Those who use the language of insult and derision will not agree, but Christianity is a reasonable religion. By that I mean that we have centuries of articulation of what the Church believes, and why she believes as she does. We call such a reasoned explanation and defence of Christian belief apologetics. The early Christians were particularly good at it, and anyone who is ignorant of Justin Martyr or Origen, for example, is missing something really good. It is not of these that I am thinking today, however, but of the self-appointed defenders of Christian orthodoxy who rage and rant all over the internet. Often what they say is (largely) true, but sometimes it is given a little twist of their own — and a large dollop of venom is not infrequently added to the mix. In the Catholic Church we have seen this at work in the discussion of same-sex unions, the re-admittance of the divorced and re-married to Holy Communion, Pope Francis’s decisions, and so on.
My problem with all this is very simple. I believe — with every ounce of my being — that exploring Christian orthodoxy is the most exciting and fulfilling activity we could ever undertake because it means exploring the beauty and holiness of God made manifest in Jesus Christ. In other words, it is all about Christ and seeking to know and understand him. Rancour, attempts to denigrate others, trying to force them into believing as we do, has no part in this. We cannot argue anyone into belief. We may argue someone into thinking more deeply about faith and acknowledging the inadequacy of previously-held beliefs. We may even succeed in prompting them to see aspects of Christian faith and practice in ways they had never dreamed possible; but faith itself, the ability to believe, is a gift, at no one’s beck and call.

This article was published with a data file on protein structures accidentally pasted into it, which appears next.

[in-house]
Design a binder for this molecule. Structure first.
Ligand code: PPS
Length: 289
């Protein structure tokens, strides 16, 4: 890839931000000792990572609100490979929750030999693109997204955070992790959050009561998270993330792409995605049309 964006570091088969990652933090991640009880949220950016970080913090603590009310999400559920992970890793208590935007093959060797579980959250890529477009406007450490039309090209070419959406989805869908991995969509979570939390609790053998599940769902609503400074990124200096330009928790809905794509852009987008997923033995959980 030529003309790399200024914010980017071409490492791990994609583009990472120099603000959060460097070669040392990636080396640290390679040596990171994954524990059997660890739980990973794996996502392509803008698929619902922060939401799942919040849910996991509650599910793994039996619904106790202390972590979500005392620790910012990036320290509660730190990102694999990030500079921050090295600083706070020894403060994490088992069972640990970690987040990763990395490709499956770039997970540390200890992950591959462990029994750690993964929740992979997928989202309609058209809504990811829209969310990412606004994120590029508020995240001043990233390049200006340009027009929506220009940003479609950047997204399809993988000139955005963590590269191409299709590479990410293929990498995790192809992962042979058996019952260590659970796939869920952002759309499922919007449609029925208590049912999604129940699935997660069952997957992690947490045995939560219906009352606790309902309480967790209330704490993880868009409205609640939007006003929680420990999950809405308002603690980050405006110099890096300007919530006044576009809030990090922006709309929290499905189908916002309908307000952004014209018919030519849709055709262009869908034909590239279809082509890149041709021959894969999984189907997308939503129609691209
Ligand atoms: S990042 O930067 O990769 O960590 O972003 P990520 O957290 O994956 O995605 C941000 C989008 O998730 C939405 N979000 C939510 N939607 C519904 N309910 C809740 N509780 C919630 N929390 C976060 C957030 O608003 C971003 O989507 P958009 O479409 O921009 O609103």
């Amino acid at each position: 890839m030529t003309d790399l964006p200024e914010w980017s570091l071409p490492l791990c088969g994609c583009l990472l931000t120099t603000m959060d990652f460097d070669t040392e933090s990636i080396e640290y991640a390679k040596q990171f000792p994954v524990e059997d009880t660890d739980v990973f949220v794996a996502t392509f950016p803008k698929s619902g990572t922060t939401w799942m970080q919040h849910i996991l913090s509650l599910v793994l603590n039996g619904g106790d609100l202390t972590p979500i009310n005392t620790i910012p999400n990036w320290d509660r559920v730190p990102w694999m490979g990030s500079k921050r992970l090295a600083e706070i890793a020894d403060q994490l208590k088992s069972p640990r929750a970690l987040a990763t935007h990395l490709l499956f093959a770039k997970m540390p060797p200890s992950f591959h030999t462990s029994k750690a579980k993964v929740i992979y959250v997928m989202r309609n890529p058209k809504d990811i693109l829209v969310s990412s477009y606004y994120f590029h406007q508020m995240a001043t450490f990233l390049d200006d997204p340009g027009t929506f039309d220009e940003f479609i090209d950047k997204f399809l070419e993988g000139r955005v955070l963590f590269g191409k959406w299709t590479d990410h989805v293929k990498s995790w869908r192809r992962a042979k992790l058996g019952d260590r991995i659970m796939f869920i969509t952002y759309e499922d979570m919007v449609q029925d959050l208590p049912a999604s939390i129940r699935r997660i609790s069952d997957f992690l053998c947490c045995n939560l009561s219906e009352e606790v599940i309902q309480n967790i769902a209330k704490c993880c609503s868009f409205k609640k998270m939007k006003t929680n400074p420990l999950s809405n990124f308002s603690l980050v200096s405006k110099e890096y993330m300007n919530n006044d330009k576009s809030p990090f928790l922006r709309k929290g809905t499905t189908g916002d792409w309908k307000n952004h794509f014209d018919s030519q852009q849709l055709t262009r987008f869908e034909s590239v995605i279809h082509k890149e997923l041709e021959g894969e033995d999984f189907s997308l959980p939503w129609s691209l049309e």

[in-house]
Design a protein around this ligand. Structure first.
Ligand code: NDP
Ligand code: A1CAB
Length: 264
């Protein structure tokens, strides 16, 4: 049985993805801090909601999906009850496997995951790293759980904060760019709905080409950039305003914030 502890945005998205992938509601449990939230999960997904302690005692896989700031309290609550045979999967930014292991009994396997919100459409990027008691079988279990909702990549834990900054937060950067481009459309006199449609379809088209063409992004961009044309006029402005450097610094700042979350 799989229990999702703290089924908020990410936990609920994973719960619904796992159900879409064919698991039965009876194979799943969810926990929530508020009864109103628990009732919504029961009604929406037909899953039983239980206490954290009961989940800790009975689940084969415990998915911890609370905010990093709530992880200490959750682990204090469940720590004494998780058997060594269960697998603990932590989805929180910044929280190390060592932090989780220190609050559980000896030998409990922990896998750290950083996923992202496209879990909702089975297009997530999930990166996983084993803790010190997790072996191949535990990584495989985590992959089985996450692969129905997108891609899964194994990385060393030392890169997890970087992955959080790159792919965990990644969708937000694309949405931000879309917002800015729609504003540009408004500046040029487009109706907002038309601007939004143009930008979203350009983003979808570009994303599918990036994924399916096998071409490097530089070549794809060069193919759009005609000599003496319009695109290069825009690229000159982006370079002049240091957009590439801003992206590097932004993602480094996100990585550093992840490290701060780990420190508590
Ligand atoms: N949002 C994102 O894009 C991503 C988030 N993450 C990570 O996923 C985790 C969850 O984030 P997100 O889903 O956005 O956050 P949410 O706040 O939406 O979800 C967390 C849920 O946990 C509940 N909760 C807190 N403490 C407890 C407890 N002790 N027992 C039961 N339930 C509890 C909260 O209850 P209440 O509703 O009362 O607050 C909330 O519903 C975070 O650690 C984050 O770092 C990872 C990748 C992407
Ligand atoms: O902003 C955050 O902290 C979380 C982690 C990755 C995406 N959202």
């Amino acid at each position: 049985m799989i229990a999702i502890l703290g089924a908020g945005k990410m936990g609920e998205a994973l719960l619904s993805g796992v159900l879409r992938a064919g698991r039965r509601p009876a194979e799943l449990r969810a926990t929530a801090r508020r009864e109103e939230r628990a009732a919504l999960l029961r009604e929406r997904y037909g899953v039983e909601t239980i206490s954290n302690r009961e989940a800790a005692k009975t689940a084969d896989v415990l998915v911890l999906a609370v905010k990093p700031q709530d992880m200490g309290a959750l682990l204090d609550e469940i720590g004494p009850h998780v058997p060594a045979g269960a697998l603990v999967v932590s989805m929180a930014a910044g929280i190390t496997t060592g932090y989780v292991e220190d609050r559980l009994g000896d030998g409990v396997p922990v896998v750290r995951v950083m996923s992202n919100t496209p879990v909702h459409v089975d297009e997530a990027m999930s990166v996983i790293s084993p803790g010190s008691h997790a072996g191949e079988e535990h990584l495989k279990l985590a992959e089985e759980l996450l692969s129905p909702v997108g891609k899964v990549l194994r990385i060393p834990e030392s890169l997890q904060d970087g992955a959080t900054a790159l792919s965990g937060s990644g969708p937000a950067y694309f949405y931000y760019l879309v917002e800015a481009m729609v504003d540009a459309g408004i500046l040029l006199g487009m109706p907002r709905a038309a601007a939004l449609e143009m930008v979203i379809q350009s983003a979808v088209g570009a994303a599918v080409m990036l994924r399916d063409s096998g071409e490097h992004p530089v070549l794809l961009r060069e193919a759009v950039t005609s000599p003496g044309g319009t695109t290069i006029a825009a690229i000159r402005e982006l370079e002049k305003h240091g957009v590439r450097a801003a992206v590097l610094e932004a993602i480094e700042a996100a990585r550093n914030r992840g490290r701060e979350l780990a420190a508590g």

So, what is the secret of good apologetics, of effective evangelisation? I’d say it was not only intellectually-satisfying apologetics as such but also the experience of Christian love. No matter how brilliant our words, no matter how wonderful our understanding of Christian subjects, unless we can, in some measure, reflect the love of God to others, it avails nothing, as St Paul says. This can be quite hard to do on the internet because the comment sections on blogs and, even more, Social Media both invite instant reaction rather than the fruits of reflection. I’ve always been an advocate of ‘contemplative computing‘ and never more so than where apologetics are concerned.
St Francis de Sales was bishop of Geneva at one of the most difficult periods of Christian history. His insistence on quiet, courteous dialogue with those who held contrary views is an example to all of us. No matter how ‘fired up’ we may be about some particular subject, charity is as important as clarity. That doesn’t mean that we water down or deny truth. Rather, it means ensuring that it is truth in all its fullness that we share with others, not some shrunken version of our own. We need to read more, pray more, and listen more. God deserves nothing less.